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Wrestling’s Rock 'n' Roll Express tag team is here to stay

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Ricky Morton (left) and Robert Gibson, known as The Rock 'n' Roll Express, show off their belts after winning the NWA world tag-team title last week. Provided

The Rock 'n' Roll Express are the “new” NWA world tag-team champions.

That’s Ricky and Robert. Punky and Hoot. The same guys who carried the gold more than three decades ago.

In many ways, last week marked the dawn of a new era in professional wrestling.

The Wednesday Night Wars officially began, 18 years after the conclusion of the Monday Night Wars. Smackdown celebrated its 20th anniversary on the Fox broadcast network.

And in front of a small audience at a TV studio in Atlanta, 63-year-old Ricky Morton and 61-year-old Robert Gibson won the world tag-team belts for the ninth time. The two began teaming in 1983.

Let that sink in for just a moment.

Ricky Morton did, and posted his thoughts on Instagram following the mat milestone.

“As I type this, a tear comes to my eye. At 63 years old, my dreams never stop. We have wrestled the toughest tag teams on the scene today and have taken many ass whoopings. But it all led to this moment.


Ricky Morton (left) and Robert Gibson, better known collectively as The Rock 'n' Roll Express, were The Beatles of the wrestling scene as they combined sex appeal with high energy and talent in the ring. Provided/Eddie Cheslock

“When the three-count was official and the bell rang, my emotions ran out of my body. We had just become nine-time world tag-team champions. Hoot and I have had our highs and lows. This is something we shall truly cherish.”

What’s old is new again.

And who better to have orchestrated the proceedings than another old rock 'n' roller, Billy Corgan, who in addition to being the longtime frontman for Smashing Pumpkins, is the owner and president of the National Wrestling Alliance.

The new home for NWA’s television tapings, GPB (Georgia Public Broadcasting) Studios in the heart of Atlanta, is just a stone's throw away from the Techwood Drive studios that hosted Georgia Championship Wrestling back in the 1970s and ’80s.

The NWA’s weekly show is called NWA Power, and it will air on the promotion’s Facebook page and YouTube channel at the familiar time of 6:05 p.m. on Tuesdays starting Oct. 8. The NWA also has plans for a pay-per-view in Atlanta on Dec. 14.

The Rock 'n' Roll Express, inducted into the WWE Hall of Fame in 2017, won their first NWA world tag-team title their first night in the Mid-Atlantic wrestling territory by defeating Ivan Koloff and Krusher Khruschev in June 1985 at a TV taping in Shelby, N.C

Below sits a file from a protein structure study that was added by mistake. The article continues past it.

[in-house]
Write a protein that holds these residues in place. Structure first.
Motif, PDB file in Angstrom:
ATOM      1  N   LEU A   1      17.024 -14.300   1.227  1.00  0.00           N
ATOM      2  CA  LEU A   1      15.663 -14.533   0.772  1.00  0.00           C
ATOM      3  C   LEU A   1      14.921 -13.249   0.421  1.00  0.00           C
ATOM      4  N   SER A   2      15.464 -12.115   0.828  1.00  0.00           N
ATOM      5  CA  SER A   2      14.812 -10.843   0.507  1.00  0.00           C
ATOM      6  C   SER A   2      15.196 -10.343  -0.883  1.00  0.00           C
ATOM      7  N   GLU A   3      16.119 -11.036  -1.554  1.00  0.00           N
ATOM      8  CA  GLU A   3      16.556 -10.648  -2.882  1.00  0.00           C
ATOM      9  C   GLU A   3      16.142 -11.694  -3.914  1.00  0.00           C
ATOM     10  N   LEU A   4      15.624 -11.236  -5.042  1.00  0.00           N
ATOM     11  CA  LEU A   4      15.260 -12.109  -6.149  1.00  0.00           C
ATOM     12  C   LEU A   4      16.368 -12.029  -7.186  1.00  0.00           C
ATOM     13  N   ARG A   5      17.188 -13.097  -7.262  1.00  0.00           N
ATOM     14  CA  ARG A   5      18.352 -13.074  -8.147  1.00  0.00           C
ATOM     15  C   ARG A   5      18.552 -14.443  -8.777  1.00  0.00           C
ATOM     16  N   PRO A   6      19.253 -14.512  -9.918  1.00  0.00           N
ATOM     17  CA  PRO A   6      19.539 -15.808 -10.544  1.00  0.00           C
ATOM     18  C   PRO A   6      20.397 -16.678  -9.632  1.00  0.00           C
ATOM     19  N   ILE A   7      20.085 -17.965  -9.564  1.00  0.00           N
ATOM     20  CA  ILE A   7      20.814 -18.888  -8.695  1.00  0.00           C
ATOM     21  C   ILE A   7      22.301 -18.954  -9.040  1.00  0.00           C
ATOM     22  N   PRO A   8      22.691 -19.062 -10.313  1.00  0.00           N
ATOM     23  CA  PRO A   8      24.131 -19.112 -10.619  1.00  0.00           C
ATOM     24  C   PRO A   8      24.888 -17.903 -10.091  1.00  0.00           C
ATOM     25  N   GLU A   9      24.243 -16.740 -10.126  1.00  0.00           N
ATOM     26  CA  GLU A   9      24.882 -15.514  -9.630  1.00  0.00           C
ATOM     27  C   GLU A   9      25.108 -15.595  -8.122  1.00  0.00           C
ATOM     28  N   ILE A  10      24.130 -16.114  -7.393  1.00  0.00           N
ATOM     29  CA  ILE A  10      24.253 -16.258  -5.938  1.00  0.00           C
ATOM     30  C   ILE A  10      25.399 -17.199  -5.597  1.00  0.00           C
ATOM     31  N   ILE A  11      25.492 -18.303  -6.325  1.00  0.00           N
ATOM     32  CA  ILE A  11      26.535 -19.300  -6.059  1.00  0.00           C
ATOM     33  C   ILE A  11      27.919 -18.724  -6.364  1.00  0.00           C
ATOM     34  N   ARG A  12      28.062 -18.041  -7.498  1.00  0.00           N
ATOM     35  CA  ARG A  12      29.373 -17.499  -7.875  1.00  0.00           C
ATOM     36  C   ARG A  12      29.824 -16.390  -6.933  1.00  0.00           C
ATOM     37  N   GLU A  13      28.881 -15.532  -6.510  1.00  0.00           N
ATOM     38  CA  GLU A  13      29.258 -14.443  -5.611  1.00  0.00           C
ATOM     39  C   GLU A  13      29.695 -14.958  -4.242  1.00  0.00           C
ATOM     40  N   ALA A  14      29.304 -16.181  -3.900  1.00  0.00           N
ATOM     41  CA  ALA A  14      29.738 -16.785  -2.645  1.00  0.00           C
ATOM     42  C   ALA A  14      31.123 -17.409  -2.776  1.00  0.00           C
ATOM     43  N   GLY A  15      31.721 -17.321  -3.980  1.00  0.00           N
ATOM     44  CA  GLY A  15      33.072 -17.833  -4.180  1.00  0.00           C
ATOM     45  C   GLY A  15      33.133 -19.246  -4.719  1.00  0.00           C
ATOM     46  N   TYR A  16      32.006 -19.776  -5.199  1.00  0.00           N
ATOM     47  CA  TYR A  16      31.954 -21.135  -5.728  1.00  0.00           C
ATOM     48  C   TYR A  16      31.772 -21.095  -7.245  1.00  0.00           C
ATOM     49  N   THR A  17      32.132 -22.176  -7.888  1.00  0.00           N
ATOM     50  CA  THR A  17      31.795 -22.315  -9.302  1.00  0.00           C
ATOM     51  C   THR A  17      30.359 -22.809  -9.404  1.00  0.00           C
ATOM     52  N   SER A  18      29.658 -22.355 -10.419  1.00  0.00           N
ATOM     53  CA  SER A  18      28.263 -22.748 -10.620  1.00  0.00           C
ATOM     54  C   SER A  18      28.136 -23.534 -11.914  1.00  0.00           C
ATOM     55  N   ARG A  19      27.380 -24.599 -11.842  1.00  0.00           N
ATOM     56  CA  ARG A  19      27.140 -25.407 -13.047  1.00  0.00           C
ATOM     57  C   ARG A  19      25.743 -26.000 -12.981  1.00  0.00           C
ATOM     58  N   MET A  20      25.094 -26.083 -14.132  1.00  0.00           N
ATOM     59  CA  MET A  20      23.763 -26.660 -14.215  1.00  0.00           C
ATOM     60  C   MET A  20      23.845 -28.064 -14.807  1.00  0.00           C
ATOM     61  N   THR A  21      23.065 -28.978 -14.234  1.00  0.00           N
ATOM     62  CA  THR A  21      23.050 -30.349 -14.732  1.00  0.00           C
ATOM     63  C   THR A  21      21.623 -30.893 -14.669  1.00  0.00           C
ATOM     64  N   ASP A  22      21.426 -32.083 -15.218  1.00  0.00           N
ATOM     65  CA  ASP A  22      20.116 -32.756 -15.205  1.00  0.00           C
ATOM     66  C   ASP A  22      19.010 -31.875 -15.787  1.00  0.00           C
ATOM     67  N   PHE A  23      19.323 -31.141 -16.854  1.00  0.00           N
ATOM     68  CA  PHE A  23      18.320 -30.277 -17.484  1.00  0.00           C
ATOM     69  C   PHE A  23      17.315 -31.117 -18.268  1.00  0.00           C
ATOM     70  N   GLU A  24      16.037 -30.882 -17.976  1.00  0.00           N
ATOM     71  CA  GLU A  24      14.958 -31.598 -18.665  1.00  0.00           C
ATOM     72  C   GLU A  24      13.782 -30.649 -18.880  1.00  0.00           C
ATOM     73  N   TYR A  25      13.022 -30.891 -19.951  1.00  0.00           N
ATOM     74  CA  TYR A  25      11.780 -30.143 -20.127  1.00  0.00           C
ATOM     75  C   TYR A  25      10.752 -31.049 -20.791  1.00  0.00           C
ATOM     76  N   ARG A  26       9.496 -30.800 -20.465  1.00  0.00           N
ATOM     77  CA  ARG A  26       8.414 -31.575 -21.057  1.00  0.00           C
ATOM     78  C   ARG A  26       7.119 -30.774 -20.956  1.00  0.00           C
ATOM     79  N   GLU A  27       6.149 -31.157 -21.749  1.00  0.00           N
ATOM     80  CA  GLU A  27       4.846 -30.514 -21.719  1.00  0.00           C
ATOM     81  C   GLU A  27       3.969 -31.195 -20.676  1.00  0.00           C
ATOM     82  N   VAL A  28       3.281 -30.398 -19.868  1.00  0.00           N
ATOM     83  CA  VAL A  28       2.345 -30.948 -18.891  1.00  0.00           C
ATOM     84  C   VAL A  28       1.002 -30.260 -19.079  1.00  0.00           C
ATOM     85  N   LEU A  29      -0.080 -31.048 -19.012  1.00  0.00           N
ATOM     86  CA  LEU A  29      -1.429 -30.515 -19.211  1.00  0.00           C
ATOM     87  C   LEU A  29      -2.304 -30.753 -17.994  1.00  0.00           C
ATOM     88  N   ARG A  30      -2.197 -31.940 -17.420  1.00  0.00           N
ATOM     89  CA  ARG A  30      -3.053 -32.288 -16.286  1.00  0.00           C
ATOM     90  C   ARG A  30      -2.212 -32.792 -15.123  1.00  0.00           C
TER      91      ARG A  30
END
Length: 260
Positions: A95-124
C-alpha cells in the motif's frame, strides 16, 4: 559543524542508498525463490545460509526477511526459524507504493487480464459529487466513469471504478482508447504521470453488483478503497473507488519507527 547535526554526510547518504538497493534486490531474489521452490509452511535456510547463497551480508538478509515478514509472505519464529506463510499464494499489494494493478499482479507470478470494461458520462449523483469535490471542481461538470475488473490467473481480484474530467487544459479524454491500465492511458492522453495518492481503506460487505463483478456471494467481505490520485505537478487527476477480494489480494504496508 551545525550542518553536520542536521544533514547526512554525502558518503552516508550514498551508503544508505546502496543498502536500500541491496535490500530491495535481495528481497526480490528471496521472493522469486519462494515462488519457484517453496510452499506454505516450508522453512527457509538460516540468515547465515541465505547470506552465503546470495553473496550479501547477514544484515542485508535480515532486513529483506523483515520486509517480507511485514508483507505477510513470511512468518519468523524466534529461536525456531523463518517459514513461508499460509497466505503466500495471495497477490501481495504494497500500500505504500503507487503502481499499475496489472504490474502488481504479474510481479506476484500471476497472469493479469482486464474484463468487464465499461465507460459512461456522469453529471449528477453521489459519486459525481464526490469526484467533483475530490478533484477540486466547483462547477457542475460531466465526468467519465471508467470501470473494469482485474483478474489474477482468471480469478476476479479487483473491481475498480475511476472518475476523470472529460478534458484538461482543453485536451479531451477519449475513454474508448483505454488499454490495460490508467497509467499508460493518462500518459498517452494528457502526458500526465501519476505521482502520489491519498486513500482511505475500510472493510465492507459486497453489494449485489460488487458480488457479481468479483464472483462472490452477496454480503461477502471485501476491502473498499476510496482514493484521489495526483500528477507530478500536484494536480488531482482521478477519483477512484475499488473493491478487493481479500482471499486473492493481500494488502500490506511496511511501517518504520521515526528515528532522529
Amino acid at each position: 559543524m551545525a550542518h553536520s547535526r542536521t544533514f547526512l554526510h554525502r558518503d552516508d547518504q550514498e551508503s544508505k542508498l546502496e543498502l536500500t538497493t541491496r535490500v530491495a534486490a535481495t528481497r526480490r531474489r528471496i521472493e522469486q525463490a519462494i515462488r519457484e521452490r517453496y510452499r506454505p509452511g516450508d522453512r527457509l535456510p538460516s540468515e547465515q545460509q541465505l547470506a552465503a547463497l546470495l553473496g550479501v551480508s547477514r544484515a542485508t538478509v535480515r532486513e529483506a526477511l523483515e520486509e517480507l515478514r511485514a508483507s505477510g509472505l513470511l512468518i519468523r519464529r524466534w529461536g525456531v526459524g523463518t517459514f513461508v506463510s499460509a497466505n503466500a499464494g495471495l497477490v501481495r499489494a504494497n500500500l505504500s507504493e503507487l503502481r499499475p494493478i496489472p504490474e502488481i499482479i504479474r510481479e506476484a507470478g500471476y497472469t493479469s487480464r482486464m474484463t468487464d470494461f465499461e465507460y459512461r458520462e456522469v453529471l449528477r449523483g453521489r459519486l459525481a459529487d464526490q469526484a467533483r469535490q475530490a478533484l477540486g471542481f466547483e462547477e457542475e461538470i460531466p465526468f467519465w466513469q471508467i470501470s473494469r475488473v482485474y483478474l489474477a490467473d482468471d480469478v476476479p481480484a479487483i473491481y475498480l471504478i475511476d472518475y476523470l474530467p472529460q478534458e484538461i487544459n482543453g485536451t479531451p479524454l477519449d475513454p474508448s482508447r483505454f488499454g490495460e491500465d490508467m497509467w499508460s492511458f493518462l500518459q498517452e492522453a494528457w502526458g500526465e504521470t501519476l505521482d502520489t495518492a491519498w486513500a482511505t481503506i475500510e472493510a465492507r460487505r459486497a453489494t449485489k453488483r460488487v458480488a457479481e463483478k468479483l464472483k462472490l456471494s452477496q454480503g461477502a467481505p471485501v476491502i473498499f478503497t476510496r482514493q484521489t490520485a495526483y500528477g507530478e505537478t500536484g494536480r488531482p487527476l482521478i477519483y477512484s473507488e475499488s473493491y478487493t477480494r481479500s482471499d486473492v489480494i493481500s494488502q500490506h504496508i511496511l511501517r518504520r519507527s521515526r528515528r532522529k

Thirty-four years later, their hair is thinner and the teenybopper fans have children of their own, but Ricky and Robert are still entertaining wrestling crowds and keeping the memories alive

Birth of Rock 'n' Roll

The Rock 'n' Roll Express phenomenon started in Memphis 36 years ago when promoter Jerry Lawler, looking for a young baby-face tag team, paired up Morton and Gibson.

Morton had been working in San Antonio for promoter Joe Blanchard, while Gibson was working in Pensacola for promoters Ron and Robert Fuller.


The Rock 'n' Roll Express won tag-team gold three decades ago. Provided/Eddie Cheslock

The R&R Express (standing for Ricky and Robert) was considered as a name for the new team before it eventually evolved to The Rock 'n' Roll Express. The new moniker, says Morton, was a collaborative effort between Lawler and Jimmy Hart, who helped produce the team’s first music video, Joan Jett’s “I Love Rock 'n' Roll.”

“They were friends, and Jimmy was into the rock and roll. Lawler put us together, and Jimmy Hart really came up with the name. It worked out great for us.”

“I remember the first day when he did this,” recalled Morton. “We really weren’t prepared ... we didn’t know what kind of outfits to wear.”

Lawler had a pair of skin-colored tights that he suggested for Gibson.

“He looked like he was naked,” laughs Morton.

“But then we went to a flea market behind Mid-South Coliseum and bought some bandannas, feathers, all kind of stuff.”

For Morton, a conventional wrestler who wasn’t accustomed to a lot of bells and whistles, there was a definite feeling of uneasiness sporting the new rocker getup.

“I was kind of embarrassed. I was used to wearing regular wrestling stuff. But when they played our music, we went out and those people instantly bought it. The fans went crazy.”

That is, adds Morton, all but one.

“One of the fans stopped me out back and said, ‘Hell, I didn’t know whether ya'll were Indians or Gypsies,” laughs Morton. “But from there we smoothed out all the rough edges.”

They surely did.

Reach Mike Mooneyham at, or follow him on Twitter at @ByMikeMooneyham and on Facebook at His newly released book — “Final Bell” — is now available at and on

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